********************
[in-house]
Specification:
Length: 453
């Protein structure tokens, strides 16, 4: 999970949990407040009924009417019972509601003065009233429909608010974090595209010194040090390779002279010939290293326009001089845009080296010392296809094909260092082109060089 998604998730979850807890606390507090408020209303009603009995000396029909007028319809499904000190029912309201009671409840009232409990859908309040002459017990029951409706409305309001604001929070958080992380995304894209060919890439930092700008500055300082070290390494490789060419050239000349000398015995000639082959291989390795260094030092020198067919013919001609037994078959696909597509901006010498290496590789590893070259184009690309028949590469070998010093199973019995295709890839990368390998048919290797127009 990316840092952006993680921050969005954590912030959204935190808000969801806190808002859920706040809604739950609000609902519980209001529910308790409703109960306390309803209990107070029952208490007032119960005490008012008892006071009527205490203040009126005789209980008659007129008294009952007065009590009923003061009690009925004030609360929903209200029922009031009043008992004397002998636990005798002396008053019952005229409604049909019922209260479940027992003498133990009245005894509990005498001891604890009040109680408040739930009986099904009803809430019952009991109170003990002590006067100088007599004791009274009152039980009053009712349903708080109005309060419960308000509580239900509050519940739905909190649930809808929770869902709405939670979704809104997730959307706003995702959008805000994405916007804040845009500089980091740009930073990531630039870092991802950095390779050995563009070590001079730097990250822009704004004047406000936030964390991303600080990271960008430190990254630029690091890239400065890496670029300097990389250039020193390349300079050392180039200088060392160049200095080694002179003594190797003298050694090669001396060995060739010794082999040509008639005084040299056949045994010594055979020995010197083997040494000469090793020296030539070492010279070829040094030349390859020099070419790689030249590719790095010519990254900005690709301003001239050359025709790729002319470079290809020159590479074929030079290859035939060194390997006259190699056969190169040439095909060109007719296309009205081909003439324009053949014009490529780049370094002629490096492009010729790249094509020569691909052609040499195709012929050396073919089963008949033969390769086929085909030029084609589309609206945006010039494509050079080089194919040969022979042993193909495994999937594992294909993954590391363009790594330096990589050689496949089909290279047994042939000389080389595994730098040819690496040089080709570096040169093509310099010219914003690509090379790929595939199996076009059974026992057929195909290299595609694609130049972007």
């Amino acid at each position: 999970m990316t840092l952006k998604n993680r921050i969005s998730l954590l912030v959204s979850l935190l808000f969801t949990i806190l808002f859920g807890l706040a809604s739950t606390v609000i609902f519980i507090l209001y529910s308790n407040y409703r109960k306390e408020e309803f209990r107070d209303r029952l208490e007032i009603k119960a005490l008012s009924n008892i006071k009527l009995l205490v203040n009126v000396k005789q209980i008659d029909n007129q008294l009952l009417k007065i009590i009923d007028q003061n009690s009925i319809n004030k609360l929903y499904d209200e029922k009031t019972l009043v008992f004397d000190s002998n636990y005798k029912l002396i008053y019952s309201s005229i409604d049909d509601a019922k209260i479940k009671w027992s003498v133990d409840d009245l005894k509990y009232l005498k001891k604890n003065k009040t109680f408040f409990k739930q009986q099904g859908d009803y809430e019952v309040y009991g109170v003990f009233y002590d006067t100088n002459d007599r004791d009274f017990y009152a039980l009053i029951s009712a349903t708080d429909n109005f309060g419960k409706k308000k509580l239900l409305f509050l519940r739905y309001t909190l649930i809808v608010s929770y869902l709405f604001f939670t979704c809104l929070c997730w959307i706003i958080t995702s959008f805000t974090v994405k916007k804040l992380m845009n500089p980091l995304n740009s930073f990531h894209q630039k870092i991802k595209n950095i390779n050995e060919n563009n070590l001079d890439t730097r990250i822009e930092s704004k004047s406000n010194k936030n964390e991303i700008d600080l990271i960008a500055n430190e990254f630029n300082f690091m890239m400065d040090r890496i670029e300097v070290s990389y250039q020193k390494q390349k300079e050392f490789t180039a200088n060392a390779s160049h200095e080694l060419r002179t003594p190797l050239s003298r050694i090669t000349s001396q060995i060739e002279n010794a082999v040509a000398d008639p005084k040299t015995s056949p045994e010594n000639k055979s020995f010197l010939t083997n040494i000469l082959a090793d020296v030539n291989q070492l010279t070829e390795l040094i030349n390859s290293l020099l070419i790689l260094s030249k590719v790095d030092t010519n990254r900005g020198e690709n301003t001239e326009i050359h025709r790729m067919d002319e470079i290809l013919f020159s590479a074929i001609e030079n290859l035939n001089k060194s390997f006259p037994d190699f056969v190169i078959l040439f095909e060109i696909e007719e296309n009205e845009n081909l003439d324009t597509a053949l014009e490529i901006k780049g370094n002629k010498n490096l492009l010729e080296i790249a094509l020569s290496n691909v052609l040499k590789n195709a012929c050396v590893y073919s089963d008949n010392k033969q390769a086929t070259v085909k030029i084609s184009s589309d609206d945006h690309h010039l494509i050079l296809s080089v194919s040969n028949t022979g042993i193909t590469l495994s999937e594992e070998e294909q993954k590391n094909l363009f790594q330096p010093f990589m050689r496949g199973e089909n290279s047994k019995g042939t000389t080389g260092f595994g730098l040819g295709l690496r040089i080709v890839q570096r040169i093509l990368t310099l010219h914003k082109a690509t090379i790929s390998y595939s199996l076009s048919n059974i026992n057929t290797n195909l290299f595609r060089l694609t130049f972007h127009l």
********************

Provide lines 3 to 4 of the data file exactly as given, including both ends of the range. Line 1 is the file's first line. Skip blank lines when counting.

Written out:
Length: 453
């Protein structure tokens, strides 16, 4: 999970949990407040009924009417019972509601003065009233429909608010974090595209010194040090390779002279010939290293326009001089845009080296010392296809094909260092082109060089 998604998730979850807890606390507090408020209303009603009995000396029909007028319809499904000190029912309201009671409840009232409990859908309040002459017990029951409706409305309001604001929070958080992380995304894209060919890439930092700008500055300082070290390494490789060419050239000349000398015995000639082959291989390795260094030092020198067919013919001609037994078959696909597509901006010498290496590789590893070259184009690309028949590469070998010093199973019995295709890839990368390998048919290797127009 990316840092952006993680921050969005954590912030959204935190808000969801806190808002859920706040809604739950609000609902519980209001529910308790409703109960306390309803209990107070029952208490007032119960005490008012008892006071009527205490203040009126005789209980008659007129008294009952007065009590009923003061009690009925004030609360929903209200029922009031009043008992004397002998636990005798002396008053019952005229409604049909019922209260479940027992003498133990009245005894509990005498001891604890009040109680408040739930009986099904009803809430019952009991109170003990002590006067100088007599004791009274009152039980009053009712349903708080109005309060419960308000509580239900509050519940739905909190649930809808929770869902709405939670979704809104997730959307706003995702959008805000994405916007804040845009500089980091740009930073990531630039870092991802950095390779050995563009070590001079730097990250822009704004004047406000936030964390991303600080990271960008430190990254630029690091890239400065890496670029300097990389250039020193390349300079050392180039200088060392160049200095080694002179003594190797003298050694090669001396060995060739010794082999040509008639005084040299056949045994010594055979020995010197083997040494000469090793020296030539070492010279070829040094030349390859020099070419790689030249590719790095010519990254900005690709301003001239050359025709790729002319470079290809020159590479074929030079290859035939060194390997006259190699056969190169040439095909060109007719296309009205081909003439324009053949014009490529780049370094002629490096492009010729790249094509020569691909052609040499195709012929050396073919089963008949033969390769086929085909030029084609589309609206945006010039494509050079080089194919040969022979042993193909495994999937594992294909993954590391363009790594330096990589050689496949089909290279047994042939000389080389595994730098040819690496040089080709570096040169093509310099010219914003690509090379790929595939199996076009059974026992057929195909290299595609694609130049972007």